“History is history; there’s no use sweeping it under the rug.” -Sweet Home Alabama
The year is 1954, and the man in the above photo is my thirty-year-old father, who strikes a handsome image as an officer in police uniform. He was also well known and liked in the small town of Taylor, Texas.
Born in Taylor, Texas, he was the child of Czechoslovakian immigrants, and part of the large Czech community. He married my mother, I believe in 1946, after he came back from the war. In 1950 my sister was born and I came along in 1954.
Coming back from the war and becoming a police officer was nice for the town of Taylor since he knew almost everyone and vice-versa.
But, as we know, change is inevitable, and the small town of Taylor was no exception. The town began to grow rapidly, bringing more people and more diversity. And as we would expect, over time, the identity of any town, would change.
It was July of 1954, and my father was on duty, by himself. My mother was at home, with a four year old daughter and seven months pregnant with me.
It was about 8:00 o’clock at night, and my father encountered three men; two brothers and a friend. The two brothers were drunk, and the friend was sober. My father requested the sober friend to take the two brothers off the street. Some words ensued, and the first brother attacked my father, and threw him to the ground. Then both brothers jumped on my father and held him with his back to the ground. My father called for help from the sober “friend”, who pulled one of the brothers off of my father. When my father was able to free himself from the other brother, he got back on his feet and then commanded the two brothers to sit down next to a wall.
They squatted down with their backs to the wall, while my father, held them at gun point, and flagged a passer-by to telephone the police department for help. But shortly thereafter, both brothers got up and advanced toward my father, whereupon he killed both of them. The facts established that the two brothers acted in concert, justifying my father’s self-defense. (Grieger vs. Vega. Supreme Court of Texas, July 14, 1954)
Now, let’s fast forward to 1999. My husband and I would be driving our daughter from Tennessee to Mississippi for a ballet camp.
When we arrived, we checked in to a hotel, where we would spend the night. The next morning, as we prepared to leave, I was walking down the hallway of where our room was, when history came back to me in person.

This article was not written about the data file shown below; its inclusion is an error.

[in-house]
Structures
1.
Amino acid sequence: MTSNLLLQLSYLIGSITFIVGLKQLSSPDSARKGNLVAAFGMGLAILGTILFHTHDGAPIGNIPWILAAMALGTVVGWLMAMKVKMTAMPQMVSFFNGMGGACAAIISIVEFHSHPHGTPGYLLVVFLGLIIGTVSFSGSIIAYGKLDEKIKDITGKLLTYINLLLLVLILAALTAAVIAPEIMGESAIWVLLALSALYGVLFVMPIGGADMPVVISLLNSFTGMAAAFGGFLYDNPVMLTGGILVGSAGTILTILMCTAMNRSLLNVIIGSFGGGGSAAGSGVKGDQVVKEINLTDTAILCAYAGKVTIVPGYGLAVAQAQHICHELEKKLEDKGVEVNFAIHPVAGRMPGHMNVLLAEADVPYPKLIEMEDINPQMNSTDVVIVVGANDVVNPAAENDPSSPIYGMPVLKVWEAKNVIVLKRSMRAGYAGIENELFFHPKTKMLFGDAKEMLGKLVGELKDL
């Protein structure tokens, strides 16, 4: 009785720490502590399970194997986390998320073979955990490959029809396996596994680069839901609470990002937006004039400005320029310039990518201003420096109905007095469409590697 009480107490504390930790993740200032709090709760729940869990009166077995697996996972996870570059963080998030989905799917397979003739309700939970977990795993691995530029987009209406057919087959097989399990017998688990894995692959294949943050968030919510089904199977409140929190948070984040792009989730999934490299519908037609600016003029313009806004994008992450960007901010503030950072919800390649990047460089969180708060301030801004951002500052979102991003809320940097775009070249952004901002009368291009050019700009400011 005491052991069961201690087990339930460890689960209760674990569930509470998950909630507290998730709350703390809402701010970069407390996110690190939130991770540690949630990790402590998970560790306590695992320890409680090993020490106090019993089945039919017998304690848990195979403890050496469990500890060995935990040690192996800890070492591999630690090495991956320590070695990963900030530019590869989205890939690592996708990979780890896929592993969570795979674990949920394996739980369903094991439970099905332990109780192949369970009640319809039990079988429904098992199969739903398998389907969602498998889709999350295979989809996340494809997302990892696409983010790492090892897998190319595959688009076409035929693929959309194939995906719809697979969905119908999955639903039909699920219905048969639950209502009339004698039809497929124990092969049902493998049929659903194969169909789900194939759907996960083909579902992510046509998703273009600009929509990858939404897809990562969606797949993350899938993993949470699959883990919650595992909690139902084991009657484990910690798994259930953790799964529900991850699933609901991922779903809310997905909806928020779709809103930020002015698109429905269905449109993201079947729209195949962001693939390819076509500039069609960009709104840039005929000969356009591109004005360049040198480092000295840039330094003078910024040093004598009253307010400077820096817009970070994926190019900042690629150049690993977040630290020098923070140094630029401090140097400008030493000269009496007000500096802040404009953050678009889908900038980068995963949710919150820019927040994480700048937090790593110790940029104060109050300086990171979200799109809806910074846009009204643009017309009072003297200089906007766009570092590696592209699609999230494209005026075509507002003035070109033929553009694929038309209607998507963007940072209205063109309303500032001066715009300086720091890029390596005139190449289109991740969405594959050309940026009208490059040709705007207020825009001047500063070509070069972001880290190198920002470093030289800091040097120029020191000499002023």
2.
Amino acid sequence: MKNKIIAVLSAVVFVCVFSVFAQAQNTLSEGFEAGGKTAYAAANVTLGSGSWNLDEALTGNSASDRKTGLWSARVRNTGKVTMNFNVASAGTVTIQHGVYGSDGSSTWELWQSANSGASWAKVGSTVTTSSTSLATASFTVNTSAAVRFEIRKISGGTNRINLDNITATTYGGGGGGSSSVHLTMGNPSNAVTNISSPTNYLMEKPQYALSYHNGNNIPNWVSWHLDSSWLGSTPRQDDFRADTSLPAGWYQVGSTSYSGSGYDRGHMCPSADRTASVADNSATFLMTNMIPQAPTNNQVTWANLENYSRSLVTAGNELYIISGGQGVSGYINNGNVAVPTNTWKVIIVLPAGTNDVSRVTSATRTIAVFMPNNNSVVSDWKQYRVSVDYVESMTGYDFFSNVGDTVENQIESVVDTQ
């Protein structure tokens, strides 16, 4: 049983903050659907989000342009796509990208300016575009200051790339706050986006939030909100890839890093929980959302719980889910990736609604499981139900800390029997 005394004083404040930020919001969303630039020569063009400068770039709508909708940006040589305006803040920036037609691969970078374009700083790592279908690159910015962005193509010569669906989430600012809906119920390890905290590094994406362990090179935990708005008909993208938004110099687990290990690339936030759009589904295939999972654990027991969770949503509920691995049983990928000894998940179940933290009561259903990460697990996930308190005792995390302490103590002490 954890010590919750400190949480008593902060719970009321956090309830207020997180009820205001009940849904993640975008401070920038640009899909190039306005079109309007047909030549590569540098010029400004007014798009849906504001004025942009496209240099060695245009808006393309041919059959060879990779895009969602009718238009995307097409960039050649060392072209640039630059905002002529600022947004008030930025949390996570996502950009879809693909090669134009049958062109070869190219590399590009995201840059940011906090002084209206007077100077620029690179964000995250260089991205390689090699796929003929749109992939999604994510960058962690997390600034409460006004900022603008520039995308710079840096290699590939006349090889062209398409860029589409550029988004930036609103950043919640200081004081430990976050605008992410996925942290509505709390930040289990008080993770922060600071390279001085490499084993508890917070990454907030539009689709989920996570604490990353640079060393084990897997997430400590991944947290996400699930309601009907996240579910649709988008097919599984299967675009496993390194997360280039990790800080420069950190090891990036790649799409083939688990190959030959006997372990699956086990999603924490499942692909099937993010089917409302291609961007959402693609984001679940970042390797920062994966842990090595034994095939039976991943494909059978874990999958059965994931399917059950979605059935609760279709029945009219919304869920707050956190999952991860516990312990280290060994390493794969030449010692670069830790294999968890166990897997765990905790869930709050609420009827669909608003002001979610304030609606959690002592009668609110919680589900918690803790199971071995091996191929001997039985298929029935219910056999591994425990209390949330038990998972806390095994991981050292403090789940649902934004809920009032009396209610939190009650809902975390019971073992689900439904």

A young man, of about 16 or 17, was walking down the hotel hall. He was wearing a t-shirt that had “Taylor Ducks” written across the front of the t-shirt.
Now, Taylor Ducks, is the name of the high school football team, and the only high school, in the town of Taylor, Texas; the town where my family lived until I was about four or five.
Upon seeing this young man, I stopped and spoke to him, telling him I was born in Taylor. As we were chatting, the young man’s grandmother came by. I introduced myself and spoke of my connection to Taylor. I gave my maiden name, of Grieger, and spoke of my parents and extended family in Taylor, and that my father had been a policeman there.
As soon as I spoke of my father, the grandmother, hearing my father’s name, suddenly changed the expression on her face, and said; “I know that name. He shot those boys. They were good boys.”
Well, you can only imagine how I may have felt. I did not know how this was going to turn out. And all I could say, was, “Oh, my!” and “Well, we need to get on the road, so I guess I better go. It was nice to meet you.”
Yeah, I had never had that happen before! So when I got home, I called my dad the next day, and told him the story. Immediately, he was back in time with that situation. He verbalized that the two boys jumped him, and one of them grabbed his gun from his hand, and the gun went off, killing the young man.
Later, I read the legal reports after finding it on the web. The document is interesting and of course, the circumstances are documented in legalese. But I was quite surprised to see the suit on the web and the decision acknowledging my father’s sense of apparent danger, death or bodily injury, and thereby protecting himself.
Today, our country and the people of our country, particularly parents, are being fed, with a certain amount of expectation, of perspective parameters of implementation regarding raising one’s own children and potentially having parental right usurped.
On March 22, 2022, Senator Marsh Blackburn verbalized challenging evidence, regarding Ketangii Brown Jackson, outlining her interest in implementing decisions that affect children’s development without parental consent, thereby removing the right of parents to intervene on their child’s behalf and their right to reject imposed laws affecting their family values and children.
She (Marsha Blackburn) states: “Americans need a Supreme Court Justice who will protect our children and will defend our parents Constitutional Rights to decide what is best for their own kids.”
Also a comment of great concern made by Ketanjii Brown Jackson was a public endorsement of the “transformative power of progressive education.” Please take the time to research and gain understanding of what children may be exposed to, without parental consent.
Paulette is a wife, mother, grand-mother, writer, poet, and Licensed Professional Counselor for women and couples. As a therapist, her interest is to support clients in relating to life in a more connected, authentic way, as well as with a greater sense of well-being with others, themselves, their heart and soul. And writing, whether it is a blog, a poem, or a published article, is a part of that support. Visit her blogsite at www.facetsofcounseling.wordpress.com or email her at email@example.com.